Conventional medical imaging technologies for cancer diagnosis use fixed geometric configuration of the source and the detector to image the target. Our hypothesis is that the dynamic maneuver of source and detector geometry will lead to better performance of medical imaging devices. Interrogating a target in a three dimensional space requires cooperation and coordination between the source and detector positions. A dual-arm robot can be useful for this type of dynamic interrogation. The goal of this project is to develop a robotic bimodal dynamic imaging system for improved tumor characterization. The research question we are looking at "what is the suitable control/path planning method to perform dynamic interrogation?" The method will be tested on a bimodal dynamic imaging system implemented on a dual-arm robot Baxter.
Robotic Bimodal Dynamic Imaging System Development
Current Research Projects
Smartphone-based Compression-Induced Scope Development
Often times doctors use clinical breast examination using palpation. The examination, however, provides a subjective measurement of embedded inclusion. Mimicking palpation into a device can lead to an objective measurement of mechanical properties of inclusion. Size, hardness, and mobility some key mechanical properties to indicate malignancy of tumor. Tactile imaging system can emulate touch sensation of human finger using an optical method. This system can be made more portable using a smartphone. This idea initiated the development of a smartphone-based compression-induced scope, which will be a good screening device for rural and remote regions. This scope can capture the images of inclusions, sent them over the cloud securely to a computing server, and display the risk score of embedded inclusion. Currently, we are working on implementing compression-induced scope on a smartphone and establish a framework for computing risk score of screened target.
Bimodal Dynamic Imaging System for Breast Cancer Diagnosis
Can multimodality improve the breast cancer diagnosis performance? Will dynamic positioning of source and detector improve tumor characterization performance? In this work, we attempted to answer these questions by building a bimodal dynamic imaging system. The bimodal imaging system includes tactile and spectral mode for mechanical and spectral characterization of the target. The mechanical and spectral properties are key factors to classify healthy tissue versus benign and malignant tumor. We developed a prototype of bimodal imaging system by using a tactile imaging system, a two-axis gimbal and a two-axis linear stage. Experiments showed that the bimodal imaging system performs better in tumor characterization compared to the tactile imaging system.
Hybrid Hierarchical Statistical Control Scheme Development
In this work, we present a hybrid hierarchical statistical control approach for robotic manipulators. For the bimodal dynamic imaging system, these robotic manipulators are utilized to move the source and the detector. The bimodal dynamic imaging system contains both the continuous and discrete dynamics. Therefore, only statistical control is not sufficient to model the system dynamics. We consider the bimodal dynamic imaging system as a hybrid system. Here, first we utilized a full-state feedback statistical controller
to minimize the joint angle variations of the previously developed single robot manipulator model of Baxter. Then, we considered two such statistical-controlled manipulators as agents and developed a supervisory controller for coordination between the manipulators. The feasibility of the hybrid hierarchical statistical controller is demonstrated with numerical simulations.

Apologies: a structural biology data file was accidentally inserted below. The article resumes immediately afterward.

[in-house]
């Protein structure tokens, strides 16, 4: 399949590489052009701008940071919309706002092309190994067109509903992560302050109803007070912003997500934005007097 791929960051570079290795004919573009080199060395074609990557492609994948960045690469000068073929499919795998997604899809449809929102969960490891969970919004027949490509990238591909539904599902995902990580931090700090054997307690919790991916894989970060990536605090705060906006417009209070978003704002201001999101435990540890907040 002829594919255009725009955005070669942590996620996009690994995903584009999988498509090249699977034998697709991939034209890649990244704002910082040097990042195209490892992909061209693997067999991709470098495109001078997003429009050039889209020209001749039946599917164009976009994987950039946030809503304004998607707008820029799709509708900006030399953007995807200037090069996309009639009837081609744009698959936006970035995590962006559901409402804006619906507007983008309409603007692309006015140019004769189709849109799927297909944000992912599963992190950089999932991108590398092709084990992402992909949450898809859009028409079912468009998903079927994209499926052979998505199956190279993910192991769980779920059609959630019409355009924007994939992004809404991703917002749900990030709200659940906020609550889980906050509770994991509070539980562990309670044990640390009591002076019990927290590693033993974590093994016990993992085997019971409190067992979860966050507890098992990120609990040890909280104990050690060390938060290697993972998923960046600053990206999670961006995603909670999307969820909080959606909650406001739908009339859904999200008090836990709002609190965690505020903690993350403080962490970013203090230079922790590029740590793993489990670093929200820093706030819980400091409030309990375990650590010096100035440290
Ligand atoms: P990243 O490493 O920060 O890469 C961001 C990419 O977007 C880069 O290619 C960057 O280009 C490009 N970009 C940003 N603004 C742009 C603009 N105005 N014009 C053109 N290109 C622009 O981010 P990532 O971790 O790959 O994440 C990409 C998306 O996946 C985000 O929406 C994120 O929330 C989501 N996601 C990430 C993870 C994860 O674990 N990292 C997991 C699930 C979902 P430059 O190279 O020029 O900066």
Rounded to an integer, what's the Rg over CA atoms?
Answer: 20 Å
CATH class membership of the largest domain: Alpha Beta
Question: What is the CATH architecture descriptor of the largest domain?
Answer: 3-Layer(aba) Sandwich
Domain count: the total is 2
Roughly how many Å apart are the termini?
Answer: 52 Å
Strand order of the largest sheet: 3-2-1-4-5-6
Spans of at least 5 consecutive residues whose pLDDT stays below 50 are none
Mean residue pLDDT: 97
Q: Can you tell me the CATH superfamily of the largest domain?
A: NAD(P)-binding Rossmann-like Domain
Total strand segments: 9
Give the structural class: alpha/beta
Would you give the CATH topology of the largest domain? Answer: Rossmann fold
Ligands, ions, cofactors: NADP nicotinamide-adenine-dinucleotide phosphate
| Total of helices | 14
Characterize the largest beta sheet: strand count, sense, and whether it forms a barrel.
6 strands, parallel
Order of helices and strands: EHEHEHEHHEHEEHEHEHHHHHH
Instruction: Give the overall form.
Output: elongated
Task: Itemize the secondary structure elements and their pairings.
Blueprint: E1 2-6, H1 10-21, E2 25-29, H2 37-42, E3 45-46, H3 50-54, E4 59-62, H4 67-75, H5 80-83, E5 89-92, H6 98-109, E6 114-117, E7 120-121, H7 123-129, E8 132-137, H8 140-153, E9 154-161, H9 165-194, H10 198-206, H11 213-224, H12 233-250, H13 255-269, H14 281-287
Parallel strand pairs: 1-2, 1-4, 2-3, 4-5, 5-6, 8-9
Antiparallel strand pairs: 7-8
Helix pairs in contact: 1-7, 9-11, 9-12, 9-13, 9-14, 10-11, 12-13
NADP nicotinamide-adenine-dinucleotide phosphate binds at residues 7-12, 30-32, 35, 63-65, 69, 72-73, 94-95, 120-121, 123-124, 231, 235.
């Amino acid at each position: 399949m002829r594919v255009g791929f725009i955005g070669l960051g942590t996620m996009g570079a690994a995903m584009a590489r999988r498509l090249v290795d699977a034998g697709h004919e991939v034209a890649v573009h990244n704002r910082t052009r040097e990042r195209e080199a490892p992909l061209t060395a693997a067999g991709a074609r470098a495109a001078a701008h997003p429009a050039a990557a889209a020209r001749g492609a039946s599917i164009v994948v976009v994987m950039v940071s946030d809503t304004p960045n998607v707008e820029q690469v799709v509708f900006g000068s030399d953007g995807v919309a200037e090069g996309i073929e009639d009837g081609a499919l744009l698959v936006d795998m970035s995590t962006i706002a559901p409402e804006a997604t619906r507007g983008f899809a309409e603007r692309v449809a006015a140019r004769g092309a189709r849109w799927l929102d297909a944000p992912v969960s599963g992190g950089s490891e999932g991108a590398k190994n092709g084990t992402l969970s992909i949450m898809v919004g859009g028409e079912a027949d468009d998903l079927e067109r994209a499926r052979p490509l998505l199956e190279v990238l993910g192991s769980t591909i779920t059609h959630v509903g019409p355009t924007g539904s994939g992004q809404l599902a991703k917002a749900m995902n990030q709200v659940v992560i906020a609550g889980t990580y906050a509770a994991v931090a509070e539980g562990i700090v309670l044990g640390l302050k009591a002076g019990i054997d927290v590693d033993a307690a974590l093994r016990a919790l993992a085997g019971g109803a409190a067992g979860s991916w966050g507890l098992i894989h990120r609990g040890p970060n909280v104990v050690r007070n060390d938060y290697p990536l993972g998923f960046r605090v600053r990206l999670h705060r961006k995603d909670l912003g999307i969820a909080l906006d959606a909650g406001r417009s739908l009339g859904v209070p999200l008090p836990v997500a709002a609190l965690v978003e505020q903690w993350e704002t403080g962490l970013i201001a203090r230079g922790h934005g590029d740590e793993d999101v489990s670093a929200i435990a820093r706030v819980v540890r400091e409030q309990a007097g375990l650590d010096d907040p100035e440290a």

Statistical Stackelberg Game Control Development
In this work, we derive the Stackelberg solution of a two-player, nonzero-sum game, where the leader and the follower optimizes the system performance by shaping the n-th cumulant of their cost functions, while the follower minimizes the mean of a different cost function. We introduce the Stackelberg statistical game theory for the automatic control of the source and detector of the bimodal imaging system. The Stackelberg statistical game allows sequential and hierarchical moves for the players, while optimizing the n-th cumulant of each player’s cost function.
Tactile Imaging System for Screening Breast Cancer
Non-invasive mechanical property estimation of an embedded object (tumor) can be used in medicine for characterization between malignant and benign lesions. We developed a tactile imaging sensor which is capable of detecting mechanical properties of inclusions. Studies show that stiffness of tumor is a key physiological discerning parameter for malignancy. As our sensor compresses the tumor from the surface, the sensing probe deforms, and the
light scatters. This forms the tactile image. Using the features of the image, we can estimate the mechanical properties such as size, depth, and elasticity of the embedded object. To test the performance of the method, a phantom study was performed. Silicone rubber balls were used as embedded objects inside the tissue mimicking substrate made of Polydimethylsiloxane. The average relative errors for size, depth, and elasticity were found to be 67.5%, 48.2%, and 69.1%, respectively. To test the feasibility of the sensor in estimating the elasticity of tumor, a pilot clinical study was performed on twenty breast cancer patients. The estimated elasticity was correlated with the biopsy results. Preliminary results show that the sensitivity of 67% and the specificity of 91.7% for elasticity. Results from the clinical study suggest that the tactile imaging sensor may be used as a tumor malignancy characterization tool.
Cyber Physical System Framework for Tactile Imaging System
Currently biopsy is the gold standard of detecting malignant tumors. Only larger hospitals are equipped with complex tumor detection instruments (mammogram, MRI, CT, and ultrasound) and trained operators. Young women and women in the remote regions are reluctant to screen for breast cancer. In developing countries, even the hospitals lack breast cancer detecting instruments due to the cost. A simple, reliable, harmless (no radiation), and cost-effective malignant tumor detecting device that is available near the patient (e.g., primary care physicians’ offices) would significantly increase the early detection rate. A Cyber-Physical Tactile Imaging System (CP-TIS) can estimate the mechanical properties of the tumor and differentiate between malignant and benign tumors. Physical part consists of targets, TIS’s, computers, and operators. Cyber part consists of computation units, communication network, and database software. From the processed images, mechanical properties of the tumor such as size and Young’s Modulus will be determined. Based on the mechanical properties, an index for malignancy will be generated. All these information will be available for the concerned parties to decide whether to seek further medical help.